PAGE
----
California wants to pay you $400 for ‘Road Charge' program

It's part of a statewide pilot program to test out a new funding scheme for road repairs and maintenance as fewer Californians pay the gasoline tax at the pump.

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As California gets closer to 2035, when selling gas-powered cars would be banned, state officials are now faced with a dilemma : how to fund road maintenance and other transportation projects.

As the gasoline tax that drivers with gas-powered cars pay at the pump makes up nearly 80% of freeway and road repairs, fewer Californians are using gas cars, and state funding that is fueled by the gas tax is dwindling.

California is considering Road Charge, an alternative funding system that would replace the gas tax, which funds most road repair maintenance projects, and charge all drivers, including those with electric vehicles who do not pay the gas tax at the pump.

With more EVs than gas-powered cars likely being on the road, the state is planning for the future.

“We’re trying to plan ahead and study for some potential replacement to the gas tax,” Lauren Prehoda, a Caltrans Road Charge Program manager, said.

To test out future ways to tax drivers more evenly, a financial incentive will be offered for 800 car owners who will take part in the Road Charge pilot program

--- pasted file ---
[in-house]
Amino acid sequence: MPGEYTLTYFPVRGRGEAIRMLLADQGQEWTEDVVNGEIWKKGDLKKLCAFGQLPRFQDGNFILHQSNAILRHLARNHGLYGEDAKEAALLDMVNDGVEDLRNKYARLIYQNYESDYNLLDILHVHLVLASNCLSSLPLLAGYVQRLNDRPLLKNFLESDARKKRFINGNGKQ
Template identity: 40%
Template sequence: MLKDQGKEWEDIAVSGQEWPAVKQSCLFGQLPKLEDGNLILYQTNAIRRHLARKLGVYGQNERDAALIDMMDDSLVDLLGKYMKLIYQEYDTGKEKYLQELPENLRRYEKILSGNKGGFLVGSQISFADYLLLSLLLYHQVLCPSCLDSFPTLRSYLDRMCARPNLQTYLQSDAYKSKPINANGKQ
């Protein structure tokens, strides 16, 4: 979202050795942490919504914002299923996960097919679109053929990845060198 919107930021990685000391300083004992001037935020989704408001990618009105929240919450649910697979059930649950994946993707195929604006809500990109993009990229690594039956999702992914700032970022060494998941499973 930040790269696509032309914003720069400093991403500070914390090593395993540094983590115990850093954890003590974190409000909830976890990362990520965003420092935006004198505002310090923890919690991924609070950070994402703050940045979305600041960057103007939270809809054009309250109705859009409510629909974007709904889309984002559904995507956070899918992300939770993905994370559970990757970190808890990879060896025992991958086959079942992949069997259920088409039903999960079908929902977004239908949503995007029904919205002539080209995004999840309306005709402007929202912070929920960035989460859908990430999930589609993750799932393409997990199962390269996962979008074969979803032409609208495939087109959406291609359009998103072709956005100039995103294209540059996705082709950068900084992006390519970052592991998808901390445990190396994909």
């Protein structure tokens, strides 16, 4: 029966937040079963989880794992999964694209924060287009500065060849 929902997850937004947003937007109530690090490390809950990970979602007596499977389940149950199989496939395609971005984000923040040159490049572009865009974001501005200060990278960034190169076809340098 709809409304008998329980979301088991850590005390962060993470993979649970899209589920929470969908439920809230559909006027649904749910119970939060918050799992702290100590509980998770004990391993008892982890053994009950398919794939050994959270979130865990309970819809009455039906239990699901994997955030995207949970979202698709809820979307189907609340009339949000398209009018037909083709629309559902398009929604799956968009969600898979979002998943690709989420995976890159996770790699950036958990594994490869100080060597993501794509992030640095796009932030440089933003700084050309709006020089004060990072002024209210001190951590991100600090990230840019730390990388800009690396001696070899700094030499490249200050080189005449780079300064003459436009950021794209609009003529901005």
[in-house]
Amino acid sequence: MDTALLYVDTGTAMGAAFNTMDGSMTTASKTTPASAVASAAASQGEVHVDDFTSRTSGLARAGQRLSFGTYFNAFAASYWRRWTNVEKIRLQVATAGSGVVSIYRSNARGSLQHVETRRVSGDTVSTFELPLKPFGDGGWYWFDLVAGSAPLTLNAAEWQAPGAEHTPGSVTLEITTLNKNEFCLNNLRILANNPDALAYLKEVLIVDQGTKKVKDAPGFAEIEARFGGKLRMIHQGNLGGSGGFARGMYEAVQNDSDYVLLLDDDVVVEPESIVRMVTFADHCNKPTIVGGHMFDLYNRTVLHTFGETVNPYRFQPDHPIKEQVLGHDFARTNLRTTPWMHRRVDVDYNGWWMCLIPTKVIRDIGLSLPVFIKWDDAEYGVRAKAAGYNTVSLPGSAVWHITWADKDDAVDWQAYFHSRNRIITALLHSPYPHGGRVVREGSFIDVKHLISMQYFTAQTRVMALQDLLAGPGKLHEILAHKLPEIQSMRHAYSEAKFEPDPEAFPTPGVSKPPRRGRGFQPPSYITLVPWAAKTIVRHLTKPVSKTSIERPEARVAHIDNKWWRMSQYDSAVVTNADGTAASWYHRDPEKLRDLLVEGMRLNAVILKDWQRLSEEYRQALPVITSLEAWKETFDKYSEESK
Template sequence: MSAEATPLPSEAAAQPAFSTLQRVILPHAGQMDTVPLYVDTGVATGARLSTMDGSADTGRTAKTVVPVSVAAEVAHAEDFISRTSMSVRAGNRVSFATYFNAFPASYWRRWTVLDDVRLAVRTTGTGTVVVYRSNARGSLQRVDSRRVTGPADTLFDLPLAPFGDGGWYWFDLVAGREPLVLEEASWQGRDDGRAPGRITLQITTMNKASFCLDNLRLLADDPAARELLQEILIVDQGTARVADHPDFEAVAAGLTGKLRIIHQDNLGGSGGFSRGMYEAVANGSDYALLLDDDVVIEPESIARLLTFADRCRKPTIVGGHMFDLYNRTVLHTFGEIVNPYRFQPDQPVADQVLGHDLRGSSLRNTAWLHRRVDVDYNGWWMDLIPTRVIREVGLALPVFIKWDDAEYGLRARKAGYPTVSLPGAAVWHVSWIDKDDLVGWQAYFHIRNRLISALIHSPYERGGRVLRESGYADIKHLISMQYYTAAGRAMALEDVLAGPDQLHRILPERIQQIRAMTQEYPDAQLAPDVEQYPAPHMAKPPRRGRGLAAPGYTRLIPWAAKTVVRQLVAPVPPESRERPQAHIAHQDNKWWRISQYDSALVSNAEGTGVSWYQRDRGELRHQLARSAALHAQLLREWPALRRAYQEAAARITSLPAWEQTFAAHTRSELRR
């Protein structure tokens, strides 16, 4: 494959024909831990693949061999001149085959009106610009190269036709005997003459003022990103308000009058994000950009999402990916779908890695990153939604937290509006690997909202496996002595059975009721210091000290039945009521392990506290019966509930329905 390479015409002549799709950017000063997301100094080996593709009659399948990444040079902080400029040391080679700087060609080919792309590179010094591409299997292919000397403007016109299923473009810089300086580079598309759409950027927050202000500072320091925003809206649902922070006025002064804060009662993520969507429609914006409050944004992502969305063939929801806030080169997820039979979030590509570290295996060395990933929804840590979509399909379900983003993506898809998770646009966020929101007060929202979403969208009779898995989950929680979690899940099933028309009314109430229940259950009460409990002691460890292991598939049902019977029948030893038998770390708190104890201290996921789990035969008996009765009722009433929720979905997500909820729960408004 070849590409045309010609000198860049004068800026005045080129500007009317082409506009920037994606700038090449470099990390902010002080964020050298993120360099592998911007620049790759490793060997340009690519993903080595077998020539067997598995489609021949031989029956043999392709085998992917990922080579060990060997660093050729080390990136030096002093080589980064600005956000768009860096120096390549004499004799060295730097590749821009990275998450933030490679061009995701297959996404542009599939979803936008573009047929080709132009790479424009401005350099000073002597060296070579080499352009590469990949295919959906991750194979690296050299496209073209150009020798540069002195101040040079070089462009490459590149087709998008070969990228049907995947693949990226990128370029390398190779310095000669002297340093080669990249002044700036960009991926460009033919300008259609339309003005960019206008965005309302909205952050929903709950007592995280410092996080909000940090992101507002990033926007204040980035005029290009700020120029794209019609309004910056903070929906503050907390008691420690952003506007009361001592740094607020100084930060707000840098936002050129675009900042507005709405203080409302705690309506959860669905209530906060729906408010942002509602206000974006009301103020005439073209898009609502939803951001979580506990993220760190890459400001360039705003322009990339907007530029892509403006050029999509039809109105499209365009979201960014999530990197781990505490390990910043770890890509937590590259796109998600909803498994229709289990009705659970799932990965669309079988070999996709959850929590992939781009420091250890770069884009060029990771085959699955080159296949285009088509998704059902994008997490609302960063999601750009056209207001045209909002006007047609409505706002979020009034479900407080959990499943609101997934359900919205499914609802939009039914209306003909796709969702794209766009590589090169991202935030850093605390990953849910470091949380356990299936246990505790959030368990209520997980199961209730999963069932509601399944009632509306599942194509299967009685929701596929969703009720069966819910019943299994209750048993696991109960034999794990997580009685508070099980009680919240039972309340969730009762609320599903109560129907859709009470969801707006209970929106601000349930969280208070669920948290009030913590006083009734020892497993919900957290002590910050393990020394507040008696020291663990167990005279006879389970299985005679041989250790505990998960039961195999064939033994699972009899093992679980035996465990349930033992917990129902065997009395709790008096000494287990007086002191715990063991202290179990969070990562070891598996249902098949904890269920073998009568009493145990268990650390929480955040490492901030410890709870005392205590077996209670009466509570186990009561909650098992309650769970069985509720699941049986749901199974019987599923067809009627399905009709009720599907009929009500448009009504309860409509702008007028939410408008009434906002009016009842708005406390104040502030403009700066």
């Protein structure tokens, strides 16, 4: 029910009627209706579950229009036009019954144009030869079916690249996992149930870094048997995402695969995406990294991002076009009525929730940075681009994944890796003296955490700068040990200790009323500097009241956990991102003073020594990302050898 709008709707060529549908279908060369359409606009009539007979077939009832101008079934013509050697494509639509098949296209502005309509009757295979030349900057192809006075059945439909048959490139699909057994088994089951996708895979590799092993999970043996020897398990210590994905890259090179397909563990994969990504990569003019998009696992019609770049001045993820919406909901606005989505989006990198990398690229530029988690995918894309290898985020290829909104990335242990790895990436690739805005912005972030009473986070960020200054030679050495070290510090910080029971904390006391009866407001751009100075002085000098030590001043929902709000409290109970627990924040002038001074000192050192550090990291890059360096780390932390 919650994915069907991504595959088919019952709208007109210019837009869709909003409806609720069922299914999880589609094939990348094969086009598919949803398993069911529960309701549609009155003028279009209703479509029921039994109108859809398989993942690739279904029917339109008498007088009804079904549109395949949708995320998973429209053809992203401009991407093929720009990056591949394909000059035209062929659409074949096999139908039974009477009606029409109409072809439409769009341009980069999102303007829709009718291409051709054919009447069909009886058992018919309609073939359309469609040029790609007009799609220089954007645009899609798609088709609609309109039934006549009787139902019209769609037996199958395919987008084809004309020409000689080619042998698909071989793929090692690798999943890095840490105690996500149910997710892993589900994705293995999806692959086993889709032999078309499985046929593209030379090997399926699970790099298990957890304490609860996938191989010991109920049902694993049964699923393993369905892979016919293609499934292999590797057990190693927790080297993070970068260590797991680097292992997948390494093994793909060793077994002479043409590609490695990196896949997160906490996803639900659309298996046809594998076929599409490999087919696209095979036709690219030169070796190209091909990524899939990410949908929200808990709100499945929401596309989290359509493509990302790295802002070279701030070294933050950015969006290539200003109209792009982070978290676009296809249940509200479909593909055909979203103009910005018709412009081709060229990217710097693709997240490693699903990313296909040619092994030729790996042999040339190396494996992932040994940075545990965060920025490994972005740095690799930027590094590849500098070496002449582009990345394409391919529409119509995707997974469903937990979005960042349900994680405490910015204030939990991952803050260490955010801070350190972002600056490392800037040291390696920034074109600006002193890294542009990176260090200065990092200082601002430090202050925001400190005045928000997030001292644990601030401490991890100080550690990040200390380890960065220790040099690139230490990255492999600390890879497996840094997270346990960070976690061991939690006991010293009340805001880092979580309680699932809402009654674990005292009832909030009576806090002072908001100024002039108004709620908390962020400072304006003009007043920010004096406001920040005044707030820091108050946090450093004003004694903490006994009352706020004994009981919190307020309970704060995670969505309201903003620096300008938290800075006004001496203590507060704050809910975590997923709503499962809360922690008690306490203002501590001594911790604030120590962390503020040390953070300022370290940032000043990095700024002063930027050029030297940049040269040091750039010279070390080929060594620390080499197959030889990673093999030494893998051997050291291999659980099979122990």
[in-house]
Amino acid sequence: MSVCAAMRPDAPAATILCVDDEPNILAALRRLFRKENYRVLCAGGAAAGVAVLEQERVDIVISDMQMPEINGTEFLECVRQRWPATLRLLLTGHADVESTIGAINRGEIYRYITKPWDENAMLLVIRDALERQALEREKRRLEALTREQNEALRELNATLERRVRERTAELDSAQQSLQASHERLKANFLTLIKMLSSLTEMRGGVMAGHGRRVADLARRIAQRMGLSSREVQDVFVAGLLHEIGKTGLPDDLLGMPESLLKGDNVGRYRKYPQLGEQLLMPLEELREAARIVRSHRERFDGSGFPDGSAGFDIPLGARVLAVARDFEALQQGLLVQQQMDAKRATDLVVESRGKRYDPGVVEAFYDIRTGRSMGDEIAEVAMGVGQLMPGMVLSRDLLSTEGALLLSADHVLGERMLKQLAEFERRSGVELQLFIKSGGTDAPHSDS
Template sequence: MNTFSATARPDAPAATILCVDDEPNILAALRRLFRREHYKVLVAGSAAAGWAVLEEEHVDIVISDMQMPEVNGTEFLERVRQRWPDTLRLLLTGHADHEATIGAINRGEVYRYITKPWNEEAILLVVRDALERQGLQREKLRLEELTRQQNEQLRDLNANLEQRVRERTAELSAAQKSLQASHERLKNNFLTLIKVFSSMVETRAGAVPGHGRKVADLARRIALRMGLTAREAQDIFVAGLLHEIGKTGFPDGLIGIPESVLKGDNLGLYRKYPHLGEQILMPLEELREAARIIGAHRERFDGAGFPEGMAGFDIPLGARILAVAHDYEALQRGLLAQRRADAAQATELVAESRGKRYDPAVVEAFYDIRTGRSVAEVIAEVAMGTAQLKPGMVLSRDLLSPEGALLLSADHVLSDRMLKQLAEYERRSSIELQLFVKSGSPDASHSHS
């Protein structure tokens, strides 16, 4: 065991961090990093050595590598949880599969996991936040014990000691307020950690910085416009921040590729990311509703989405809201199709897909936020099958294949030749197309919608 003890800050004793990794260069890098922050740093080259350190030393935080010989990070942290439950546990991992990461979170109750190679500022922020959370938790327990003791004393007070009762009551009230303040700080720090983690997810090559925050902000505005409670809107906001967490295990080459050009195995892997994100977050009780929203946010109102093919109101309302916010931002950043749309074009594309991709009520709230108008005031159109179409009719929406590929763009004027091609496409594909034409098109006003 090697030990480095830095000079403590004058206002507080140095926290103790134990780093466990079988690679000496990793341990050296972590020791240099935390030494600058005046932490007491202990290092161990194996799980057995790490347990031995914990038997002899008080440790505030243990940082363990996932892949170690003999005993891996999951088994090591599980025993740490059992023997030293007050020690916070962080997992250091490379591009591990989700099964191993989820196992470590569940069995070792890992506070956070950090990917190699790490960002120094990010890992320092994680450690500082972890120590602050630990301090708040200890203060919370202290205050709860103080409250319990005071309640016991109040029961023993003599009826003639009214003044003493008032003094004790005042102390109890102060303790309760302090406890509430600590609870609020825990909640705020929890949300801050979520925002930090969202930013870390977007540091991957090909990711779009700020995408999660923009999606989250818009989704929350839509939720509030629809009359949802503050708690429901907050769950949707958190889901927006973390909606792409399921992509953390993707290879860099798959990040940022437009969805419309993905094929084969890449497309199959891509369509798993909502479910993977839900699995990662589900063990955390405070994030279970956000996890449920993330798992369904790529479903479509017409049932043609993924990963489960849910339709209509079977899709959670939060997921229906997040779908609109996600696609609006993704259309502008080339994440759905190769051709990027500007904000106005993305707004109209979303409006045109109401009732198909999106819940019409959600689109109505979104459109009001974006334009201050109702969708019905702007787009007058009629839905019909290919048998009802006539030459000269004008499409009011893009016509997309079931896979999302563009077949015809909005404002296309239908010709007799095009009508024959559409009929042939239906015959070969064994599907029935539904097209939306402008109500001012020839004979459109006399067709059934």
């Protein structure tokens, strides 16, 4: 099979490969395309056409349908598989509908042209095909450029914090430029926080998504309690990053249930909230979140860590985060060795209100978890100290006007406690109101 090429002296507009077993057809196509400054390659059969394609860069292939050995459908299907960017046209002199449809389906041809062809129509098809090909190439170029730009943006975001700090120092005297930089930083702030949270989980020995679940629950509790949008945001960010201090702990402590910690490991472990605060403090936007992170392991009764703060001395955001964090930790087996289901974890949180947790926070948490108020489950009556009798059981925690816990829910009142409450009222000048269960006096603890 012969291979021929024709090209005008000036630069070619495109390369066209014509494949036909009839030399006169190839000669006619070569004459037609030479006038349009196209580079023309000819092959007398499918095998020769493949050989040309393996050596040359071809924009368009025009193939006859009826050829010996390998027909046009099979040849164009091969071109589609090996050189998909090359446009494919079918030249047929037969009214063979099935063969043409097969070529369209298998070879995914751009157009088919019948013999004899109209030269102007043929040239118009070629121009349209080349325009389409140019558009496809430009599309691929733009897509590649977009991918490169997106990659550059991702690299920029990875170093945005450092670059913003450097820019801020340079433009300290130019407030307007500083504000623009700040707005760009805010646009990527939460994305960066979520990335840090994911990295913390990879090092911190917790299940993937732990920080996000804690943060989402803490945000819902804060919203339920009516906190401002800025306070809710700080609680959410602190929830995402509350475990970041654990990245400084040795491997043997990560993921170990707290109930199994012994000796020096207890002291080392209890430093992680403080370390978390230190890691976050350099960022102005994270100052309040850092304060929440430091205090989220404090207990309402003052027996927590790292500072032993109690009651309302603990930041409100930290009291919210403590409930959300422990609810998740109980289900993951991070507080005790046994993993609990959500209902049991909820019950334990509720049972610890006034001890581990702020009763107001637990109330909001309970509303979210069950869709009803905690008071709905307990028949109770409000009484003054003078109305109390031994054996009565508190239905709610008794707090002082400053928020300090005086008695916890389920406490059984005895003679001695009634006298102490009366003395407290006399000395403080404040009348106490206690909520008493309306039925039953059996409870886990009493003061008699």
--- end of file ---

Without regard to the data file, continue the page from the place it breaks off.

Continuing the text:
“For the first time, we will be collecting revenue from participants,” Prehoda said. “They will be paying a bill every month for six months.”

Here’s how California Road Charge works

Just like Californians pay their gas or electric bills based on their usage, a road charge program will issue a fee to each driver based on how many miles driven per month.

  1. Participants can sign up here between May and June by filling out a questionnaire here. 
  1. Once 800 participants are selected throughout the state, they will have to enroll through the link provided by the state. 
  1. After participants drive as they normally do from August 2024 to January 2025, they will pay monthly Road Charge payments online.
  2. Once all required activities, including surveys, throughout the pilot are complete, drivers can earn up to $400 with the first $100 being distributed in September 2024 and the rest in February 2025.

One tax after another?

While the state argues EV owners still pay far less than gas car owners for car maintenance and energy costs, some EV drivers remain skeptical about the idea.

“One tax after another, it’s just never going to end,” Howard Alonzo, an electric car owner, said. :

But Prehoda said the decision to launch the pilot program, before potentially applying the new rules to all Californians, was based on research and focus group polling. 

“I think there's a lot of recognition amongst those drivers that we do need to pay our fair share for road maintenance,”Prehoda said.

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